Friday, 25 February 2011

Spring is tapping on the window

We had a lovely day yesterday. It started damp, misty and grey, but by 10:00am it was lifting and the sky brightening. By the time people were enjoying their elevensies, it was bright sunshine and pretty much clear blue sky.
Please click on any of the photographs for a larger view.

The trees still look bare, but there's activity brewing in them.

I wasn't going to waste it by being inside, so picked up my camera (I'm still extensively 'testing' my new one) and headed out for a walk - I wasn't going far, just one of my usual lunchtime walks of just over a mile. One route I do regularly has a steep hill, so offers more cardiovascular value, the other undulates much more gently, but has more scenic value. I opted for scenic enjoyment over workout in the sunshine, on this occasion.

I promised you some snowdrops.

There was very a very definite air of spring - I saw my first daffodils, heard birds singing like their lives depended on it, horses going daft being frisky, ducks canoodling and more people than usual out doing the same thing as me.

Not my best photograph, the ones flowering were in the middle of a large patch, so I had to take them from quite a distance. But it was lovely to see the first ones in bloom.

I chatted with the lady who lives adjacent to the memorial garden in one corner of the park and must maintain it - I think she thought as I bent to photographs the snowdrops that I was interfering with them, so sauntered over to check. She said it was official that spring had a arrived, as a pair of ducks that court in her pond before raising a brood, had arrived yesterday and tapped their beaks on the glass of her kitchen window to tell her that they've arrived and would like a welcoming snack please.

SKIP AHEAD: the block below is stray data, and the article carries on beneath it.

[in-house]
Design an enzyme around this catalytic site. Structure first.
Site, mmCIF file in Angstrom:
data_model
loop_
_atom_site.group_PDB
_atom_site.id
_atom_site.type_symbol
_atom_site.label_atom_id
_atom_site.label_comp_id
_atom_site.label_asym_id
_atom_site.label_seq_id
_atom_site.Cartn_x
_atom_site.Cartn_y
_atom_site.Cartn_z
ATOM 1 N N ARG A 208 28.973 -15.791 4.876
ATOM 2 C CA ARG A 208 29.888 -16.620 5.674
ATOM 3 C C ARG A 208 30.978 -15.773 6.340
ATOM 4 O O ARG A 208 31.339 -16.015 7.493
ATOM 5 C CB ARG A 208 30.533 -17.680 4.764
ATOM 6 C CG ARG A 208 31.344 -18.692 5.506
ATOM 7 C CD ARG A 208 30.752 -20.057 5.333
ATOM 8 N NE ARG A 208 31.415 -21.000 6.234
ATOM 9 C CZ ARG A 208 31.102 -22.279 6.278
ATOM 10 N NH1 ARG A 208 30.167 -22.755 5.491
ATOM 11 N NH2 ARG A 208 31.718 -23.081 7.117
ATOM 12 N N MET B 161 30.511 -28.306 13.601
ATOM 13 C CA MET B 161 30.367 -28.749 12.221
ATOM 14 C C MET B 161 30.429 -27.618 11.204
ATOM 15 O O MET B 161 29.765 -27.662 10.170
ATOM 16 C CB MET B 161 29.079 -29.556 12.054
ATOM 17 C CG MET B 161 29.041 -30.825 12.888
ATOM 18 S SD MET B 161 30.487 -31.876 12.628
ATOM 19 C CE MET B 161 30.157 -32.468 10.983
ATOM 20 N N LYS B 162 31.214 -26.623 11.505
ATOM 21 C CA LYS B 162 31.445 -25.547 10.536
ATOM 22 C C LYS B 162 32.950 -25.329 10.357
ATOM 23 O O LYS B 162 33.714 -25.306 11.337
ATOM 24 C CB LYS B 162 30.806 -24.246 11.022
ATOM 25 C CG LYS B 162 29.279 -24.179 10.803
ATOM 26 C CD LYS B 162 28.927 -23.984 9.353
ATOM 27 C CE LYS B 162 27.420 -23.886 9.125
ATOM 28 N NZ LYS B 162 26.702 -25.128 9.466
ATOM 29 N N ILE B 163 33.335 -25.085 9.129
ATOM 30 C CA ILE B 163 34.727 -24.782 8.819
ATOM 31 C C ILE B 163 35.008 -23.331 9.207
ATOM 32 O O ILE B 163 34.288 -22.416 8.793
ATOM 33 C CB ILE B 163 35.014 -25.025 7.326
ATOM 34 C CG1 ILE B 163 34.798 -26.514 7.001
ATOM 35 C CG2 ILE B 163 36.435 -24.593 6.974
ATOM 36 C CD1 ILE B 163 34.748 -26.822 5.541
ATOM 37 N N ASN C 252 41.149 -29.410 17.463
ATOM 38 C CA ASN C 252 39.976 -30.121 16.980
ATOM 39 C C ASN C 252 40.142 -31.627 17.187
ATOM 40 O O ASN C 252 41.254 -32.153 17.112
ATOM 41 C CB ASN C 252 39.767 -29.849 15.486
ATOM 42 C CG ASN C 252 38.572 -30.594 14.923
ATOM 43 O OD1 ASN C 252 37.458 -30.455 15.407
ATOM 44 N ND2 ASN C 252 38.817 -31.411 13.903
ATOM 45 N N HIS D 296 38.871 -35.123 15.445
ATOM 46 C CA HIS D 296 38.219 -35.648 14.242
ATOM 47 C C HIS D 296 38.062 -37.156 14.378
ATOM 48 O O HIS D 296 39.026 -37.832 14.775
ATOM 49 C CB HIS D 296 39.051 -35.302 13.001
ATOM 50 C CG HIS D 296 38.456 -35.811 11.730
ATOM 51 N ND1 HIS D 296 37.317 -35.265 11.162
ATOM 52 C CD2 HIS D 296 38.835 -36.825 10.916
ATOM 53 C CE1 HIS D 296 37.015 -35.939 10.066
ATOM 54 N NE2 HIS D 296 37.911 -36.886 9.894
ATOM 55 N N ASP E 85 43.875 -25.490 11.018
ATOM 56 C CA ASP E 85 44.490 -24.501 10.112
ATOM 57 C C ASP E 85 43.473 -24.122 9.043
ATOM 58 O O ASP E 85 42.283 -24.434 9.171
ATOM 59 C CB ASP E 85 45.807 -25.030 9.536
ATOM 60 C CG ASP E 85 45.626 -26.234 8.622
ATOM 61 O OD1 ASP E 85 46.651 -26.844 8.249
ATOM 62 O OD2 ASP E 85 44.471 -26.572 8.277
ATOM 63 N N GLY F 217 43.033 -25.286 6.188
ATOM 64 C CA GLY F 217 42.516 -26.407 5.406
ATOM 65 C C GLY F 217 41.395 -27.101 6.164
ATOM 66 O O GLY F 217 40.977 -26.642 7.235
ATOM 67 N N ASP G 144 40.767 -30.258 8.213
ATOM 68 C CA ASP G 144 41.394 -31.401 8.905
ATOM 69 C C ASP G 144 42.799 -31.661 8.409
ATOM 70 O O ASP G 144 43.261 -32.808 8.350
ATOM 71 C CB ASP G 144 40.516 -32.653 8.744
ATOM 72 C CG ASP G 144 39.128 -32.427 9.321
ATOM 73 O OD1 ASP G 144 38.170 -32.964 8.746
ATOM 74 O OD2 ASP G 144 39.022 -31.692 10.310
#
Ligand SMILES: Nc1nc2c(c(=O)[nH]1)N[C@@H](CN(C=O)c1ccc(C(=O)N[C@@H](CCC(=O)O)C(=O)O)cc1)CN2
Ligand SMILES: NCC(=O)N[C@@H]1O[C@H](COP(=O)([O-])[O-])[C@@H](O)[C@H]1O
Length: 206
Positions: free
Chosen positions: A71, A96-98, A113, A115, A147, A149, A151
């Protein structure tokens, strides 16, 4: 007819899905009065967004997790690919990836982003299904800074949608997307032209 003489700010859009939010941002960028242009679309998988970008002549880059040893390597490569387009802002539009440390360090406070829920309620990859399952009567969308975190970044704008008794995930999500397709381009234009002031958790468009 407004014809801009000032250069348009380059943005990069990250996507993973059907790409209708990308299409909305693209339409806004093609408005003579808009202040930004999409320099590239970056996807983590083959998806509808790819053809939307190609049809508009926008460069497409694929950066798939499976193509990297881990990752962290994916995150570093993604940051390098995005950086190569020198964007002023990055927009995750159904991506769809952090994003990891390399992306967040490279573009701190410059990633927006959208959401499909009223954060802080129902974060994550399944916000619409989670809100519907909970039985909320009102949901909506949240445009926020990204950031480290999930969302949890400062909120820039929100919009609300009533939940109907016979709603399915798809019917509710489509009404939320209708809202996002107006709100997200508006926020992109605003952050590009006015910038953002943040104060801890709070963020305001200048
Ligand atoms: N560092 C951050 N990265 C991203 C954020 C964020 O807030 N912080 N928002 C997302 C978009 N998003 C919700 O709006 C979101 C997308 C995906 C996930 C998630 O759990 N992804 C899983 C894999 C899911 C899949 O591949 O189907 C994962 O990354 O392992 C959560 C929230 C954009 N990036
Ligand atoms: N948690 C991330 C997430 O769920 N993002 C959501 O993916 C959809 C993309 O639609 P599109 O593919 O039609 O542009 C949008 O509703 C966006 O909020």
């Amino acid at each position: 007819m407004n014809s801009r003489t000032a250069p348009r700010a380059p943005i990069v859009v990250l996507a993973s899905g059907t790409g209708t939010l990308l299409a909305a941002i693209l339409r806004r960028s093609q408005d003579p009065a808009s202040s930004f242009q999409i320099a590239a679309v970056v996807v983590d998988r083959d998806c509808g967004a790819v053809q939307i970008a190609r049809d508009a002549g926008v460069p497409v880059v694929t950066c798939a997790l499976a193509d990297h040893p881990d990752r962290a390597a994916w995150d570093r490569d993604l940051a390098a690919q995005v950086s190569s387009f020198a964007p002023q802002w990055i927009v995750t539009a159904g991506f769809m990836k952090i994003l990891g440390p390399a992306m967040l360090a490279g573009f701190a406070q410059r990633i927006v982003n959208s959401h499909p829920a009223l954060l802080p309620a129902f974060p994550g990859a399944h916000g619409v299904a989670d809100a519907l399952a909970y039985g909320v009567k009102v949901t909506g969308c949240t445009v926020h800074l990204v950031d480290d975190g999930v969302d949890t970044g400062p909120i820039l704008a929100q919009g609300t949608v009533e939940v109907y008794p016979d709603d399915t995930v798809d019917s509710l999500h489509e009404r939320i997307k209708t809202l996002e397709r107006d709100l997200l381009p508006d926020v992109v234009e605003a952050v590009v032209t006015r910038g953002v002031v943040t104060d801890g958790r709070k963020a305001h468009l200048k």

If you look closely you can see her husband nestled down behind the dead grass.

I remembered to take a drink this time and found a picnic table in the park in full sunshine and allowed myself the indulgence of 15 minutes sitting there doing nothing other than allowing the sun to soak into my face that was hungry for it and listening to birds and half-term children playing in t-shirts. It felt like spring, it looked like spring and it certainly sounded like spring.

The park is almost completely circled by mature trees.

I took this photograph at the weekend in damp, very cold, dark woodland, which seemed a world away today.

Sunday, 20 February 2011

Christmas presents to enjoy some time later

Firstly, I hope you like the new look of the blog, I decided it was time I gave it a bit of attention and having passed 90 blogs, thought it needed some organisation, so I'll be working on that gradually in the next week or two, it's somewhat of a work in progress. But please do let me know if you have any problems with it after my tweaking.
Please click on any of the photographs for a larger view.